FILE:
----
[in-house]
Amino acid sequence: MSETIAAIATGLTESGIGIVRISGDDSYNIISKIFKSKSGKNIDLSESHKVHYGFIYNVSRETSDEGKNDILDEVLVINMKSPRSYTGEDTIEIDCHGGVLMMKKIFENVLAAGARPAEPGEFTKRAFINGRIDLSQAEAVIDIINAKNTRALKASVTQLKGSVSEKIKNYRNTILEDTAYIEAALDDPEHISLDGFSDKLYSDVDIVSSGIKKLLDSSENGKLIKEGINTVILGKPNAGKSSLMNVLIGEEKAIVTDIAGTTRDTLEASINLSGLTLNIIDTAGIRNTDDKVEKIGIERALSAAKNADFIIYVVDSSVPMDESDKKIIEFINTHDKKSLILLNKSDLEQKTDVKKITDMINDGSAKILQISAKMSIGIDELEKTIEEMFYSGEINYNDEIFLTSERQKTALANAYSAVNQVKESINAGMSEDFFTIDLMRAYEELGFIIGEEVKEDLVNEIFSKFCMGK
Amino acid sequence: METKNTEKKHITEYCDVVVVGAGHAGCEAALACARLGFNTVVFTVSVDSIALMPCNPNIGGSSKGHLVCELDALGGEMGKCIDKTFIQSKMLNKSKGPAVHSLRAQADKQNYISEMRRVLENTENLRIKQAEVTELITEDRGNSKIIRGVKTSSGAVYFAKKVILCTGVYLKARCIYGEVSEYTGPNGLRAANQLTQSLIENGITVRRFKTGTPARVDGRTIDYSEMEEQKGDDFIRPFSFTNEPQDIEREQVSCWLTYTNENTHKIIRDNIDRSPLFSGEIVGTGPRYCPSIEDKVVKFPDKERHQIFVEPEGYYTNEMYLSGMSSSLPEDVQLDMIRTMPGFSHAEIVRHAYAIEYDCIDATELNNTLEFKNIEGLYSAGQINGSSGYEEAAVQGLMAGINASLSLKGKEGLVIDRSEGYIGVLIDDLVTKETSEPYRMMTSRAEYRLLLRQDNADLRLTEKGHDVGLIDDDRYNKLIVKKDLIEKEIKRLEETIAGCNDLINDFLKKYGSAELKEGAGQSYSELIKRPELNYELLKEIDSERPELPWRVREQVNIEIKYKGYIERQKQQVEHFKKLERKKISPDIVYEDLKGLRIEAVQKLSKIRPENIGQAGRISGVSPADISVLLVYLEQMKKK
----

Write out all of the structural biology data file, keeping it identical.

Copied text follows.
[in-house]
Amino acid sequence: MSETIAAIATGLTESGIGIVRISGDDSYNIISKIFKSKSGKNIDLSESHKVHYGFIYNVSRETSDEGKNDILDEVLVINMKSPRSYTGEDTIEIDCHGGVLMMKKIFENVLAAGARPAEPGEFTKRAFINGRIDLSQAEAVIDIINAKNTRALKASVTQLKGSVSEKIKNYRNTILEDTAYIEAALDDPEHISLDGFSDKLYSDVDIVSSGIKKLLDSSENGKLIKEGINTVILGKPNAGKSSLMNVLIGEEKAIVTDIAGTTRDTLEASINLSGLTLNIIDTAGIRNTDDKVEKIGIERALSAAKNADFIIYVVDSSVPMDESDKKIIEFINTHDKKSLILLNKSDLEQKTDVKKITDMINDGSAKILQISAKMSIGIDELEKTIEEMFYSGEINYNDEIFLTSERQKTALANAYSAVNQVKESINAGMSEDFFTIDLMRAYEELGFIIGEEVKEDLVNEIFSKFCMGK
Amino acid sequence: METKNTEKKHITEYCDVVVVGAGHAGCEAALACARLGFNTVVFTVSVDSIALMPCNPNIGGSSKGHLVCELDALGGEMGKCIDKTFIQSKMLNKSKGPAVHSLRAQADKQNYISEMRRVLENTENLRIKQAEVTELITEDRGNSKIIRGVKTSSGAVYFAKKVILCTGVYLKARCIYGEVSEYTGPNGLRAANQLTQSLIENGITVRRFKTGTPARVDGRTIDYSEMEEQKGDDFIRPFSFTNEPQDIEREQVSCWLTYTNENTHKIIRDNIDRSPLFSGEIVGTGPRYCPSIEDKVVKFPDKERHQIFVEPEGYYTNEMYLSGMSSSLPEDVQLDMIRTMPGFSHAEIVRHAYAIEYDCIDATELNNTLEFKNIEGLYSAGQINGSSGYEEAAVQGLMAGINASLSLKGKEGLVIDRSEGYIGVLIDDLVTKETSEPYRMMTSRAEYRLLLRQDNADLRLTEKGHDVGLIDDDRYNKLIVKKDLIEKEIKRLEETIAGCNDLINDFLKKYGSAELKEGAGQSYSELIKRPELNYELLKEIDSERPELPWRVREQVNIEIKYKGYIERQKQQVEHFKKLERKKISPDIVYEDLKGLRIEAVQKLSKIRPENIGQAGRISGVSPADISVLLVYLEQMKKK